The House overwhelmingly approved legislation Wednesday night that would ban Russian oil imports to the United States, an effort to put into law the restrictions announced by President Joe Biden in response to the escalating war in Ukraine, the AP reports. Going further than Biden's import ban on Russian oil, the bill making its way through Congress would also encourage a review of Russia's status in the World Trade Organization and signal US support for sanctions on Russian officials over human rights violations, as the US works to economically isolate the regime. Lawmakers in both parties have been eager to act, willing to risk higher gas prices at home in order to support Ukraine with a show of US bipartisanship. The legislation was approved Wednesday, 414-17, and now goes to the Senate.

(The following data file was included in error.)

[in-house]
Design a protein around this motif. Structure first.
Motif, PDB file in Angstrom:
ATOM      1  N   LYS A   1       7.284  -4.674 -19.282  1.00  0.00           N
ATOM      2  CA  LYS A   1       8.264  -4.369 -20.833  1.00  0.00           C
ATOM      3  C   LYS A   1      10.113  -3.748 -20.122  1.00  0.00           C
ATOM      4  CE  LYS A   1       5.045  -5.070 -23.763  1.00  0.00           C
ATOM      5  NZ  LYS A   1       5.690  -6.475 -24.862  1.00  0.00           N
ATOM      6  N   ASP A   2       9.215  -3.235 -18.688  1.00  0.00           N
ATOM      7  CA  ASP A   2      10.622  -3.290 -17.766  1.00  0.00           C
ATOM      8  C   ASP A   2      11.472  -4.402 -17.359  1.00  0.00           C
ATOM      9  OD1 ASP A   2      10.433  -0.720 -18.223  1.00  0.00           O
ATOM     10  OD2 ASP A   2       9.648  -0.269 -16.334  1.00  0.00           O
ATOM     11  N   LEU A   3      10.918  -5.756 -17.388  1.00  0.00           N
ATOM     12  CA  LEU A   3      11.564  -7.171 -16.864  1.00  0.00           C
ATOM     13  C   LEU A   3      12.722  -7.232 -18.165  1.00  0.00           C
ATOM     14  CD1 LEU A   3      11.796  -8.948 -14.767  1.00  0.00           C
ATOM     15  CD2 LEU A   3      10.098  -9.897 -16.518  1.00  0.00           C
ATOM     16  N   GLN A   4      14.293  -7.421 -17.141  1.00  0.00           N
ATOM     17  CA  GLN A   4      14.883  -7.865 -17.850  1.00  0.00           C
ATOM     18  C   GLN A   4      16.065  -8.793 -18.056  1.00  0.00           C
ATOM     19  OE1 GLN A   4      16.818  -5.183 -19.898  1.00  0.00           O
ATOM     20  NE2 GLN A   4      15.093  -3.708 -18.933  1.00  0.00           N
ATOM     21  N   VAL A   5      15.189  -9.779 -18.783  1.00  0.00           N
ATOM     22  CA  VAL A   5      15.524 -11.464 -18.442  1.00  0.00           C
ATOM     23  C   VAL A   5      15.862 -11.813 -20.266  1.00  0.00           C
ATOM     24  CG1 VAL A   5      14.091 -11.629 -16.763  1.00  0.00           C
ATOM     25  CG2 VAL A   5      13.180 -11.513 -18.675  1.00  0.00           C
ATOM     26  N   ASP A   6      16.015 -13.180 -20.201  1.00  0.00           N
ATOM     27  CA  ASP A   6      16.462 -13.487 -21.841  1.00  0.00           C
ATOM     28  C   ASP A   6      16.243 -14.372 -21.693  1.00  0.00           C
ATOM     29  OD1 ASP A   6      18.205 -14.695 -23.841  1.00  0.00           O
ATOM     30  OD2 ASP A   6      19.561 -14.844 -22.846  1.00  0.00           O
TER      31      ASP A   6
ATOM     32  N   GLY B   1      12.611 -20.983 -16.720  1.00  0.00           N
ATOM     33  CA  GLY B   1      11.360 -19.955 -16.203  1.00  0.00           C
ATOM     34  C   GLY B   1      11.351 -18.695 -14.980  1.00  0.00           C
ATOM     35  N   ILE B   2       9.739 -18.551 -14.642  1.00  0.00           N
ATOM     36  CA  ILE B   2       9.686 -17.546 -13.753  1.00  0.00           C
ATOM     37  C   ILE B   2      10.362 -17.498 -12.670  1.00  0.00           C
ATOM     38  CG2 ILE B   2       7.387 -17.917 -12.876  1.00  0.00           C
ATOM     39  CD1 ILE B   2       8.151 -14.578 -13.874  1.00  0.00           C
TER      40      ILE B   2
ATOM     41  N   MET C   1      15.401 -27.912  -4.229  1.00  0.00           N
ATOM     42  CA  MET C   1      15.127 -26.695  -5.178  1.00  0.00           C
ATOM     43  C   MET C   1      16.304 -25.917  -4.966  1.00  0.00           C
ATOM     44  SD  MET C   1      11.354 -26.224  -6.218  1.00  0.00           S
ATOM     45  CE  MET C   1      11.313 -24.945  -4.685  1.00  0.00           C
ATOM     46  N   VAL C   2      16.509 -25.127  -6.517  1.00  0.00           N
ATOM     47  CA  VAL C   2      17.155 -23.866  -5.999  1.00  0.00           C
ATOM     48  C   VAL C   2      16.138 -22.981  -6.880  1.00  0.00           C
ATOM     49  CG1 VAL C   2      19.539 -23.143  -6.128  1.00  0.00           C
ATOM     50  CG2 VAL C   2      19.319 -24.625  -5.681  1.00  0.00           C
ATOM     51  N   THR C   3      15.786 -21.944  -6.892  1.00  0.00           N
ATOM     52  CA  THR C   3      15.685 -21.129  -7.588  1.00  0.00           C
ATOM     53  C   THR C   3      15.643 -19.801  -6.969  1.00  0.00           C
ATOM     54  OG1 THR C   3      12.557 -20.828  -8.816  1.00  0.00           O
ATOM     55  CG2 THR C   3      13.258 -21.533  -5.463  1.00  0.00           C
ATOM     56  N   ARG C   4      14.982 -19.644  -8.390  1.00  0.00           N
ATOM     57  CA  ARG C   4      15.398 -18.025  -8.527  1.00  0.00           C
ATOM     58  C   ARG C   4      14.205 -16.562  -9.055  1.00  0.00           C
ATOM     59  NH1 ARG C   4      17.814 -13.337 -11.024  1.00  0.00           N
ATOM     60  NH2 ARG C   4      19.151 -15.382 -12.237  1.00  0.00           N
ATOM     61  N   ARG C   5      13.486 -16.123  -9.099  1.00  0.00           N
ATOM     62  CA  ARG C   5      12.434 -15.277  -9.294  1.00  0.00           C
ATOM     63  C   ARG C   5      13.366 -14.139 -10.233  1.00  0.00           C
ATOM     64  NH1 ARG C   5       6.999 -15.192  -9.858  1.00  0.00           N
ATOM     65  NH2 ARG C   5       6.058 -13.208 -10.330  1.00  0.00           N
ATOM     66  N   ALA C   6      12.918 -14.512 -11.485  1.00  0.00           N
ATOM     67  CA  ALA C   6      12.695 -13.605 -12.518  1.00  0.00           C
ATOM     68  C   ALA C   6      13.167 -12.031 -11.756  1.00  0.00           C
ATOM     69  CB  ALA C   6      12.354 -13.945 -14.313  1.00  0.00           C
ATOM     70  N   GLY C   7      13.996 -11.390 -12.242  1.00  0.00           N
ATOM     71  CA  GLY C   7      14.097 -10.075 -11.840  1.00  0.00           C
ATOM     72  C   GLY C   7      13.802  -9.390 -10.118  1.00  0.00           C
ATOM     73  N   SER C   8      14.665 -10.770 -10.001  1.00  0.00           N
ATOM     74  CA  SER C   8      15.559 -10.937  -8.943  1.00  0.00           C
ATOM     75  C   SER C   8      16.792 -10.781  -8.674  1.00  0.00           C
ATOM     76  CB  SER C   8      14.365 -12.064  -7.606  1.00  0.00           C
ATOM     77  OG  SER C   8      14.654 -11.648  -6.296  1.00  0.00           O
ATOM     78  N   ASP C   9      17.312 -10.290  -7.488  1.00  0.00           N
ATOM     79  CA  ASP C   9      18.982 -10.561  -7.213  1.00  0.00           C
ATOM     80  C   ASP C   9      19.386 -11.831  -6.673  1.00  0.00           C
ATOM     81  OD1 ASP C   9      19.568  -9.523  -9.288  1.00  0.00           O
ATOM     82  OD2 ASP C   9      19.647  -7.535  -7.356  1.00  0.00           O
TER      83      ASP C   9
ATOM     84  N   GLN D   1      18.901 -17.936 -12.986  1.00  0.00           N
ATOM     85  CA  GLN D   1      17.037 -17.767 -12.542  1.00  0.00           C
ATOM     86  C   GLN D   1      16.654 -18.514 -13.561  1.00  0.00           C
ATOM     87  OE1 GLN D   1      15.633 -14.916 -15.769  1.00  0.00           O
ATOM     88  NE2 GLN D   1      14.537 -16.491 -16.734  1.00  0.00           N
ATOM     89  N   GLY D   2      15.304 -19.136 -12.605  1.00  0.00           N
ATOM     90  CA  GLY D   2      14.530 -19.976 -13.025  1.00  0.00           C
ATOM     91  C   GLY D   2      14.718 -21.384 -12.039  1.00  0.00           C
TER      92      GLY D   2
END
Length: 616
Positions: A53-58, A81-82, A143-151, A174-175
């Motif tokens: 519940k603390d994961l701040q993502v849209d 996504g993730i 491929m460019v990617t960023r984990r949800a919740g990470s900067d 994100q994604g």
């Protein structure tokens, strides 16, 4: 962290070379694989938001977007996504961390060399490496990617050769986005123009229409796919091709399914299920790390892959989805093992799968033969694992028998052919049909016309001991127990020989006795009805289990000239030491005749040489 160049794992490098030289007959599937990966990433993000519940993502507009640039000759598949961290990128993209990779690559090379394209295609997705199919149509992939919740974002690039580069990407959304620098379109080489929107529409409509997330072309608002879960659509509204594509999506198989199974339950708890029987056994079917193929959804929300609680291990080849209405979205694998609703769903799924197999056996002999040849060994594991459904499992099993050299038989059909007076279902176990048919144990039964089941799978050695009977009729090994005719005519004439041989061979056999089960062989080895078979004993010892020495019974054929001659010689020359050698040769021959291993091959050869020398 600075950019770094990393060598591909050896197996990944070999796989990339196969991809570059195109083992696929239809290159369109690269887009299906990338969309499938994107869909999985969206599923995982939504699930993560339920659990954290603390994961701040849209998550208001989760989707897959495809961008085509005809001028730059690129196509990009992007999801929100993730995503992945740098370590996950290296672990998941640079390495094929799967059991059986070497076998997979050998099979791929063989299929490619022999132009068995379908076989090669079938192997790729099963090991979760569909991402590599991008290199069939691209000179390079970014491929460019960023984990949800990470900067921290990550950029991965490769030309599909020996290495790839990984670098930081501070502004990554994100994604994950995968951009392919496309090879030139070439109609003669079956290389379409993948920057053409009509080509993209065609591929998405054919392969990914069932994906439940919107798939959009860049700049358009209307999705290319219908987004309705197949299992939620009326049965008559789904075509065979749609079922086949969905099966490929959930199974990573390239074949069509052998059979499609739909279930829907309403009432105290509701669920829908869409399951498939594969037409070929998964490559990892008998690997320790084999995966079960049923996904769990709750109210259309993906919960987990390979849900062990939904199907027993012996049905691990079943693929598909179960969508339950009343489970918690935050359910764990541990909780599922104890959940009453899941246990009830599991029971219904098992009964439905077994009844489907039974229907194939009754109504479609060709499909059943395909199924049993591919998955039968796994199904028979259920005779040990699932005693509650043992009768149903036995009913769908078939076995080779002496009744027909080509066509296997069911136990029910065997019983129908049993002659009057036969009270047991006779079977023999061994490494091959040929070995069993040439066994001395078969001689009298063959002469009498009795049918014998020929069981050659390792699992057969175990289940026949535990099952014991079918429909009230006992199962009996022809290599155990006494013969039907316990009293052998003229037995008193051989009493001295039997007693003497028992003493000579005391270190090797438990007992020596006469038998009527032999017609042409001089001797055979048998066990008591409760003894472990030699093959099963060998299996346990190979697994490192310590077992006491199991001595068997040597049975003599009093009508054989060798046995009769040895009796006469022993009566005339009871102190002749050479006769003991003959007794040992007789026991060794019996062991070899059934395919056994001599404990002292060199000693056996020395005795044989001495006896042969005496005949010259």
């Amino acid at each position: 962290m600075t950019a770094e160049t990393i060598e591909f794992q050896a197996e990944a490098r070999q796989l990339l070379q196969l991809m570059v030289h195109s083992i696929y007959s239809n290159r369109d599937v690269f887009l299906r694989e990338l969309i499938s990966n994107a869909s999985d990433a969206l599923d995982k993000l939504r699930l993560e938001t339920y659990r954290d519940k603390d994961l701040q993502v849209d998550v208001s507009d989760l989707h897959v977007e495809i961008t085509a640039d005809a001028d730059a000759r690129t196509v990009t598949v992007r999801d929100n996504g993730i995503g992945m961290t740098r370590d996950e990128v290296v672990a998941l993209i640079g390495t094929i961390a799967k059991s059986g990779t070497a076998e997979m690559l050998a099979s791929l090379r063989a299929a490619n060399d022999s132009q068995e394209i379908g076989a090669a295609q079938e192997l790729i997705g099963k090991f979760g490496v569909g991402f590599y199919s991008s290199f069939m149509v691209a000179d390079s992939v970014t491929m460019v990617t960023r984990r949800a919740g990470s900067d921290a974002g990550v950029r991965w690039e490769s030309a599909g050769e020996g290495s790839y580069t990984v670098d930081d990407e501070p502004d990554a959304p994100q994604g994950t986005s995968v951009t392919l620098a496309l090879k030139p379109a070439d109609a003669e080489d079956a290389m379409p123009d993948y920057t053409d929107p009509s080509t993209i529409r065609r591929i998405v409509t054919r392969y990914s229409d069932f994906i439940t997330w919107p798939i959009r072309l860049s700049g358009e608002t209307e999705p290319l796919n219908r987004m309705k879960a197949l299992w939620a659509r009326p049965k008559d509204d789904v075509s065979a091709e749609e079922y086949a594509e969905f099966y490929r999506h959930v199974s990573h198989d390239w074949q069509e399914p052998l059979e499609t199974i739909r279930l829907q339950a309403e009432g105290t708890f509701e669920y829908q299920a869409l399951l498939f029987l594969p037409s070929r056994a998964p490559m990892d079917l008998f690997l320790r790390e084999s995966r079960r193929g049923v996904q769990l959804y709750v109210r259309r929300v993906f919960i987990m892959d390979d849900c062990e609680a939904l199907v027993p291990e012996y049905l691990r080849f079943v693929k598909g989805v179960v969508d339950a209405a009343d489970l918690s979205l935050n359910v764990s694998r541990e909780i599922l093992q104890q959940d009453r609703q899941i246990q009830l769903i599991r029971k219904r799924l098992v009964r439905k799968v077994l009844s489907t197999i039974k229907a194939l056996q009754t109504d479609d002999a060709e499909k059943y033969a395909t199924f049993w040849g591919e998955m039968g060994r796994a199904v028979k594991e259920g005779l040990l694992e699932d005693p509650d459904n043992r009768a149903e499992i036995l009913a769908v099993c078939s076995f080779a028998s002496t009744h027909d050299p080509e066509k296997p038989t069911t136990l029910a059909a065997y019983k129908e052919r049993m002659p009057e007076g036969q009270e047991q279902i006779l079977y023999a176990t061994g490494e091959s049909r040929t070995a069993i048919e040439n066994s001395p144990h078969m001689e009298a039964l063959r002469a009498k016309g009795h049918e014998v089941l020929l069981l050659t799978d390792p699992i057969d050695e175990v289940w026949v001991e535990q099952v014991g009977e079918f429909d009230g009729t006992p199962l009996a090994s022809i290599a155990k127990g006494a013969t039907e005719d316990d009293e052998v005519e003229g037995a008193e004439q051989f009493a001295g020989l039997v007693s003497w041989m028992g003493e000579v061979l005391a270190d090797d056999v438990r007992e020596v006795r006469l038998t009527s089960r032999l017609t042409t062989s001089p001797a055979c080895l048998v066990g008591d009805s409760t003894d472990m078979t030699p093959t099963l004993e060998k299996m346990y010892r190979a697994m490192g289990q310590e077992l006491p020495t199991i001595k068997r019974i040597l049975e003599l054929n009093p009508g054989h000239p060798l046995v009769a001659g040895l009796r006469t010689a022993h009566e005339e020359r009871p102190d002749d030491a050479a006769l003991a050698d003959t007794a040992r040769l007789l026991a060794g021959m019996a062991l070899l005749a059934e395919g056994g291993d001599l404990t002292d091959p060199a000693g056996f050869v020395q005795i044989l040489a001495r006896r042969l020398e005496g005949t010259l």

The remarkable bipartisan resolve in Congress to deter Russia and help Ukraine has acted as an accelerant on the White House's own strategy, pushing the Biden administration to move more quickly than it would have—a rare example of the legislative branch muscling its way into foreign policy. Just days ago, the Biden administration was reluctant to ban Russian oil imports, worried about reducing the global energy supply and causing spikes in gas prices at a time when US households already face record-setting inflation. The legislation in many ways is symbolic, since Biden has already announced the Russian oil ban. But the legislative push sets up the next showdown over Russia’s trade status as Congress presses for restrictions on other imports from Russia that the administration has so far resisted. (Calls are growing to suspend gas taxes in the US.)